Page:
The New Jersey Department of Labor and Workforce Development earlier this month released the report of the Governor’s Task Force on Employee Misclassification. The Governor’s Task Force was assembled over one year ago to make recommendations on how the State can prevent employee misclassification. The newly-released report puts New Jersey employers on notice of promised escalation in DOL enforcement.
The report presents misclassification as a widespread evil which harms employees, the State, and even children entitled to receive child support from the allegedly misclassified employees. Construction, janitorial services, home care, transportation and trucking and delivery services are identified as industries most commonly affected by alleged misclassification, the report concludes. The report lists several recommendations in its battle against misclassification, which serve mainly to identify and punish employers found to be engaged in misclassification.
Noticeably absent from the report is any recognition of widespread business trends that embrace the use of IRS Form 1099 Independent Contractors. Instead the Report makes clear that all New Jersey employers will be held to the rigid “ABC” test instead of the more flexible IRS 20 factor test. Rather than acknowledge the prevalence of independent contractors in today’s business world, the NJDOL has signaled it intends to accelerate its already aggressive attack against the independent contractor model – even where legitimate under IRS rules.
The enforcement initiatives put forth by the Task Force include:
1. Targeted Education and Public Outreach, which includes creating a hotline, webpage, and email address to report misclassification, requiring employers to post notices alerting workers to the issue, and raising public awareness through press strategy.
2. Strengthening State Contracting by requiring entities that contract with the state or receive state funding to confirm that they are aware of the legal standard for proper classification of workers based on the ABC test, with potential loss of funding or contract termination if misclassification is found.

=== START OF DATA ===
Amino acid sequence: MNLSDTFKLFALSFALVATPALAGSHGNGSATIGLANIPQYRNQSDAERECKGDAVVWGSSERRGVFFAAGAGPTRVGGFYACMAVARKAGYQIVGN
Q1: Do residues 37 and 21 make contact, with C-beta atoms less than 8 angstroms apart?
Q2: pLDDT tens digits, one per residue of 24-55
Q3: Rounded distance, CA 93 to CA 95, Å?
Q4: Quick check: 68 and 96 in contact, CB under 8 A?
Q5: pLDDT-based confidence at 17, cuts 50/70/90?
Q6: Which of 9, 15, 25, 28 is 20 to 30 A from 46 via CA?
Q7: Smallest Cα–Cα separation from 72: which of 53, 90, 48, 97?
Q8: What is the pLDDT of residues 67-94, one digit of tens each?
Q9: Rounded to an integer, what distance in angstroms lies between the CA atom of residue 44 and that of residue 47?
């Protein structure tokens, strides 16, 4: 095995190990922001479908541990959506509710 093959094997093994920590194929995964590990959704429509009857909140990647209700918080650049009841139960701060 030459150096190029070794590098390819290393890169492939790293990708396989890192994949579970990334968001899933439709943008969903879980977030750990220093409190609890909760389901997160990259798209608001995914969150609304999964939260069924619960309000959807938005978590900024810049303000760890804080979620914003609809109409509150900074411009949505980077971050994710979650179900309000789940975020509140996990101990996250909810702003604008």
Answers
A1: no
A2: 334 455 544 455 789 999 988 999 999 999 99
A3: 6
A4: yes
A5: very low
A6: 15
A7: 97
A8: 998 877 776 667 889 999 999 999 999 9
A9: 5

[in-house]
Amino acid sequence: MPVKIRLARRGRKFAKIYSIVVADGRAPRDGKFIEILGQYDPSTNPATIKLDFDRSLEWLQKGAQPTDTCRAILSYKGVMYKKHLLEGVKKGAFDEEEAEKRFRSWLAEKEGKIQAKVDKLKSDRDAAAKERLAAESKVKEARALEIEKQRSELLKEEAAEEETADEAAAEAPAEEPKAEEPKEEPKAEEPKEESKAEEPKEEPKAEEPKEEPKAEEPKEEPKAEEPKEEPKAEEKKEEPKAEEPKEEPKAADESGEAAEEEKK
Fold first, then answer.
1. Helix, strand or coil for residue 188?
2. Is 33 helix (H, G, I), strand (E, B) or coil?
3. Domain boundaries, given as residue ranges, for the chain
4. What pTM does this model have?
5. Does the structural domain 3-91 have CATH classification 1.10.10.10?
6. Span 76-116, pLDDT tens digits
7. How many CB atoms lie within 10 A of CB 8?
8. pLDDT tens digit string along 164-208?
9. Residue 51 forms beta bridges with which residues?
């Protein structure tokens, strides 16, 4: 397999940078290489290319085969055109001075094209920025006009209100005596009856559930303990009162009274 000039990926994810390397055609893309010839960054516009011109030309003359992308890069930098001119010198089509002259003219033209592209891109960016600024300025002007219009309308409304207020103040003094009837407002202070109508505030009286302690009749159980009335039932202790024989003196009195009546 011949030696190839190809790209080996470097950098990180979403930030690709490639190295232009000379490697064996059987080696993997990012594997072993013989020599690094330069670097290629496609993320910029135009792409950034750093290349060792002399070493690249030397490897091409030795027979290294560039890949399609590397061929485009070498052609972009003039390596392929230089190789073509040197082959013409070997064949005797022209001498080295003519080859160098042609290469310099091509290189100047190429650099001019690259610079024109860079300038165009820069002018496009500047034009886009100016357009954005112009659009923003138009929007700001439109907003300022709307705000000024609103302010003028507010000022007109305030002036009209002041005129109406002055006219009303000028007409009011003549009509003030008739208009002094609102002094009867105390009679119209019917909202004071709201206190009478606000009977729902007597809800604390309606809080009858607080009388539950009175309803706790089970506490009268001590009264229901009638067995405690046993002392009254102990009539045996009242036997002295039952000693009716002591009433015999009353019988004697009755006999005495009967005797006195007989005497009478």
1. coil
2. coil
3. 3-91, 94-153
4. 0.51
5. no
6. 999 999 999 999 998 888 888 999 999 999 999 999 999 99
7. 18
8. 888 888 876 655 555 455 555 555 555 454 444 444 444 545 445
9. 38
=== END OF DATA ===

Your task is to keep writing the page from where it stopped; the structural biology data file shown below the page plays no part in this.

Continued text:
3. Interagency Coordinated Enforcement by conducting on-the-ground investigations and joint enforcement sweeps with multiple agencies, working together to elicit facts and obtain information using each agency’s jurisdictional knowledge and expertise.
4. Data Sharing between multiple state and federal agencies.
5. Cooperation with Neighboring States to share information to assist in investigations.
6. Cross-Training for field investigators from various state and local agencies.
7. Criminal Referrals of cases of alleged misclassification.
8. Use of Existing Workers' Compensation Laws to bolster misclassification enforcement.
9. Invoking the NJDOL’s Power to Revoke and Suspend Licenses to deter employers from using anything other than the employer-employee model.
The Task Force also advocated for legislation that:
- Requires public posting of notices re: misclassification;
- Gives the DOL the ability to issue stop-work orders;
- Grants the DOL the same access to tax information as other Cabinet agencies;
- Imposes liability on employers who rely on companies that misclassify in their supply chain, in subcontracts, or other contracts where a joint employment relationship is established;
- Imposes liability on business owners and successor entities that misclassify;
- Requires companies found to misclassify to fund the investigatory costs and any attorney's fees incurred; and
- Increases fines and penalties.
This report comes shortly after S1790, New Jersey’s new Anti-Wage Theft Act, was passed by the General Assembly and sent to the Governor. If signed, this bill would drastically increase the penalties for employer’s who are found to have misclassified employees and make New Jersey one of the most aggressive in the nation for wage and hour enforcement.